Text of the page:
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‘King of Instagram’ Likely to be Re-elected Slovenia's President

  • Associated Press

President incumbent Borut Pahor looks at his counter-candidates ahead of a televised debate at Slovenia's public TV, in Ljubljana, Slovenia, Oct. 19, 2017. Slovenia, the Alpine home country of Melania Trump, is holding a presidential election Sunday that incumbent President Borut Pahor is favored to win.

Slovenians are voting in a presidential election Sunday that is expected to be an easy re-election for President Borut Pahor, a veteran politician and former model known for his use of social media.

Some 1.7 million voters were choosing among nine presidential candidates, including five women, for the largely ceremonial but influential post. This nation in Central Europe is a member of the European Union and the homeland of U.S. first lady Melania Trump.

Slovenia's presidency holds no executive powers, but the president proposes the prime minister, who runs the government, and the president's opinion carries weight on important issues.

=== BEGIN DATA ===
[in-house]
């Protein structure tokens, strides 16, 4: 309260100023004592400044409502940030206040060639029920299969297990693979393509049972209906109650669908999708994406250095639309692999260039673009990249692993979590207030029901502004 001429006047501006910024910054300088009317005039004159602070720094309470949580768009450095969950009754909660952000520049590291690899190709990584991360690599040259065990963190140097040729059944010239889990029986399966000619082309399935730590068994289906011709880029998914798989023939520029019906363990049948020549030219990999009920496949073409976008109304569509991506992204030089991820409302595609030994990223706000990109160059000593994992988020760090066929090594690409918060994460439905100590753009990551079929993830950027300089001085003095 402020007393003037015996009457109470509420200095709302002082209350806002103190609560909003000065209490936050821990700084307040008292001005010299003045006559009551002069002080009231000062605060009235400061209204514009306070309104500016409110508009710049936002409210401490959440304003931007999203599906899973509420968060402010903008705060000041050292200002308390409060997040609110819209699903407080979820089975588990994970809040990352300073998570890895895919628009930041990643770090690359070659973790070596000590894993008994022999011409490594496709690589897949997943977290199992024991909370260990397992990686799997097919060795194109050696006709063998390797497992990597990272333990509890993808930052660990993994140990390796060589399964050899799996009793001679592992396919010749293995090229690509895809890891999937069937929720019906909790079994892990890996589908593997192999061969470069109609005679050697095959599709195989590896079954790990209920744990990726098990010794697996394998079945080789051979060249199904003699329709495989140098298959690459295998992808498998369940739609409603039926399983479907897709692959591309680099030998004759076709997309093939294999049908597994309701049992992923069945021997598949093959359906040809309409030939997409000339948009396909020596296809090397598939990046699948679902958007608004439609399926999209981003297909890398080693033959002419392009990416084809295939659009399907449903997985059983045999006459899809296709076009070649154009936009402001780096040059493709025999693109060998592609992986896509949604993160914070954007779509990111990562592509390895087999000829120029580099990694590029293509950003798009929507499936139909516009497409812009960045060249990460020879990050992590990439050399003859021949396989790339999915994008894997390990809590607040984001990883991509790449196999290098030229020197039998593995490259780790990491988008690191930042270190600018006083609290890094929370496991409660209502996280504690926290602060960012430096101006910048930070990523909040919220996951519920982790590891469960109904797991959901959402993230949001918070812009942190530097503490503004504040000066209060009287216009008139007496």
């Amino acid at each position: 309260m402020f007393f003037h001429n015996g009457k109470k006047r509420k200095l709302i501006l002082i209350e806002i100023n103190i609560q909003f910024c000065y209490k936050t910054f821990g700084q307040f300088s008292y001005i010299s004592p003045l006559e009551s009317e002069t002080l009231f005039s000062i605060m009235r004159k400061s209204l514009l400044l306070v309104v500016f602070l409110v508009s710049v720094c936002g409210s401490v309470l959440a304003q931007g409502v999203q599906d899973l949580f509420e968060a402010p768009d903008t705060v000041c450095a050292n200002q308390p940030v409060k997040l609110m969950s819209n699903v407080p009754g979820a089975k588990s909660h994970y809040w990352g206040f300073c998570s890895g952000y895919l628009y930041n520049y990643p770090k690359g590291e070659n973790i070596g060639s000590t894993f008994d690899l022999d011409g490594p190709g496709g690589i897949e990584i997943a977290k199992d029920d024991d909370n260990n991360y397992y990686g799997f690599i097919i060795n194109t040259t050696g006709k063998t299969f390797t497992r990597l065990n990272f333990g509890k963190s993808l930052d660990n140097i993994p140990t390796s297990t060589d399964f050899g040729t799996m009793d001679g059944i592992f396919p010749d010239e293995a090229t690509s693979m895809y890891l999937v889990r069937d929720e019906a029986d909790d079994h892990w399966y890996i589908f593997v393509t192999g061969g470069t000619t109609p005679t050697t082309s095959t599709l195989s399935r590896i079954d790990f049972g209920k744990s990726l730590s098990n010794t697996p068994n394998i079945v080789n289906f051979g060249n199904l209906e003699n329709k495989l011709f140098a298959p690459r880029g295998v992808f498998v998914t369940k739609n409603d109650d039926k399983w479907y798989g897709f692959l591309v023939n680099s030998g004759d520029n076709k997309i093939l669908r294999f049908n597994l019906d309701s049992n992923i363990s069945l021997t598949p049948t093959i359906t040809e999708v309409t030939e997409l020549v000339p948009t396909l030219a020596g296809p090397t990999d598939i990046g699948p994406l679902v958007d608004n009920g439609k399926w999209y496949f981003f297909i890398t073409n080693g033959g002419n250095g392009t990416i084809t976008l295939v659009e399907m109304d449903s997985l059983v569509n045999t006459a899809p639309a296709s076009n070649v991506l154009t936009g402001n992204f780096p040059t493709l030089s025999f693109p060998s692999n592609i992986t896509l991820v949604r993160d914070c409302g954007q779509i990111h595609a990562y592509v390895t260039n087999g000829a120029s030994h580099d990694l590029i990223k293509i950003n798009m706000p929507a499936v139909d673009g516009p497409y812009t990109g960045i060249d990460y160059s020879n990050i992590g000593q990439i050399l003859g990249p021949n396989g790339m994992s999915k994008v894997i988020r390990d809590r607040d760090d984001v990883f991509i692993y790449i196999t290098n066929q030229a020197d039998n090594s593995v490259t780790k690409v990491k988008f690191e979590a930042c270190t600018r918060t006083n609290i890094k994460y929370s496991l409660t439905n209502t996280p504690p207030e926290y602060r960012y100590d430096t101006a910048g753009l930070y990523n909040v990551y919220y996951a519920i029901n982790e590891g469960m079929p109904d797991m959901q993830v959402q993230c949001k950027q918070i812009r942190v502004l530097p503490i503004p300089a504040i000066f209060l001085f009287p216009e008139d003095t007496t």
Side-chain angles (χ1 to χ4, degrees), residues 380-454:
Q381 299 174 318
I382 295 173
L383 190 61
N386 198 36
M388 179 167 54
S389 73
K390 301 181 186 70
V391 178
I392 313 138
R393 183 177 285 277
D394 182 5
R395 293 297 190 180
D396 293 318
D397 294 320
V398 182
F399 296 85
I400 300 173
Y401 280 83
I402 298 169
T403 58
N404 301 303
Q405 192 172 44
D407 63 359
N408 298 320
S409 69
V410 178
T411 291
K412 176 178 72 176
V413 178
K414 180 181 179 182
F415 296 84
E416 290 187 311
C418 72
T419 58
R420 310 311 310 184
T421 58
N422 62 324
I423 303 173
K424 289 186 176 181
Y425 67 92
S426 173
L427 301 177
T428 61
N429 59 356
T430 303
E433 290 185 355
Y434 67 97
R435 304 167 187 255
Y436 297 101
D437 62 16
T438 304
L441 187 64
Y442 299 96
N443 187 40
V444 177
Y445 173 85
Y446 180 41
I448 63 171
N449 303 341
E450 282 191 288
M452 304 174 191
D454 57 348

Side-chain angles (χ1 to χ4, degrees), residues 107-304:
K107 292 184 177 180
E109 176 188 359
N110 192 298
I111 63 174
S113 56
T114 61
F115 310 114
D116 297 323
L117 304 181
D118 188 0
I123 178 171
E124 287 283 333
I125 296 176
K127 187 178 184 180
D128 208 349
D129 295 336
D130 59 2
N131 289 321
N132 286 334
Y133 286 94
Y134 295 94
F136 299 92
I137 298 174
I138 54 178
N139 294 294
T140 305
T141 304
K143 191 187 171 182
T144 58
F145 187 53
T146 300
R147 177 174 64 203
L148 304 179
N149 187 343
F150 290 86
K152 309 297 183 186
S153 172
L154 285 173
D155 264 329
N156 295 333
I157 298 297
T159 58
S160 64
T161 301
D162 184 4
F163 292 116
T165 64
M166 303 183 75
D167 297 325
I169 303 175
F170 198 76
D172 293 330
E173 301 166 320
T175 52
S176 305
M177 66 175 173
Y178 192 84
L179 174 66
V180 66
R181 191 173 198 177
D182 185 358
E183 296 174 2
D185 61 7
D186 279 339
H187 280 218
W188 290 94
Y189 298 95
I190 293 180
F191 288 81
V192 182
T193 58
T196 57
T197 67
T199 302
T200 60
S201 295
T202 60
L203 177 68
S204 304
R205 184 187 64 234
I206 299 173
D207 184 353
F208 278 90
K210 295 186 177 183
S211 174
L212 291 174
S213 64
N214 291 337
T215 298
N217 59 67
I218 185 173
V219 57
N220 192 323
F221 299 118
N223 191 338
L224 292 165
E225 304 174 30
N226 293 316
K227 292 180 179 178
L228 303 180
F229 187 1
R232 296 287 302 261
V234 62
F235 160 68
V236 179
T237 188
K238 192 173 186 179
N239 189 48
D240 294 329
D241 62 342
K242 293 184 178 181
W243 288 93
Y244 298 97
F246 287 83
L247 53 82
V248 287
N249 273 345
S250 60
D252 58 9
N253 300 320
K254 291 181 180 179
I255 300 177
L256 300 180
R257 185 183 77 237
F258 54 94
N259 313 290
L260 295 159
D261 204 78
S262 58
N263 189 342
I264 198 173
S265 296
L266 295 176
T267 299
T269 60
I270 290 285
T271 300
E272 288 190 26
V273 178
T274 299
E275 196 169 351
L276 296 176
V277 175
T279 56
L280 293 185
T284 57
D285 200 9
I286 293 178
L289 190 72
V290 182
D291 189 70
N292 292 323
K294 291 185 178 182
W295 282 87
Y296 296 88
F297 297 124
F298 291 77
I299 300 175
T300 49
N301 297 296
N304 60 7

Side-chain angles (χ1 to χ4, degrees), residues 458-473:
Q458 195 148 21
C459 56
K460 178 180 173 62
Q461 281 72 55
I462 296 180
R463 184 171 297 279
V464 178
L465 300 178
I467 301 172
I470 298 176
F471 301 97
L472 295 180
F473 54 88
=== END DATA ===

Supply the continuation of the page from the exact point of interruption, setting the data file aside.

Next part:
Marjan Sarec, former actor and a candidate at upcoming presidential elections, looks at his counter-candidates ahead of a televised debate at Slovenia's public TV, in Ljubljana, Slovenia, Oct. 19, 2017.
Marjan Sarec, former actor and a candidate at upcoming presidential elections, looks at his counter-candidates ahead of a televised debate at Slovenia's public TV, in Ljubljana, Slovenia, Oct. 19, 2017.


Pre-election surveys say the 53-year-old Pahor could possibly win a majority of votes and avoid a runoff. His main opponent is Marjan Sarec, a former comedian who is the mayor of the northern town of Kamnik.

Pahor has been nicknamed Slovenia's “King of Instagram” for his frequent presence on social media. He walked about 700 kilometers (420 miles) during the presidential campaign, posting photos and short videos all along the way.

Critics think Pahor has degraded the presidency by turning himself into a celebrity.

Sarec starred in Slovenian satirical shows until he mounted an independent bid for mayor in 2010 and won against an established candidate. The 39-year-old is serving his second term as mayor.

Other presidential candidates include Romana Tomc, a tax expert backed by the conservatives; Ljudmila Novak, a former teacher who leads the New Slovenia Christian-Democrats; and Angelca Likovic, who is promoting Catholic Christian values.

Key topics facing Slovenia include the economy and a border dispute with neighboring Croatia stemming from the 1990s' breakup of the former Yugoslavia.

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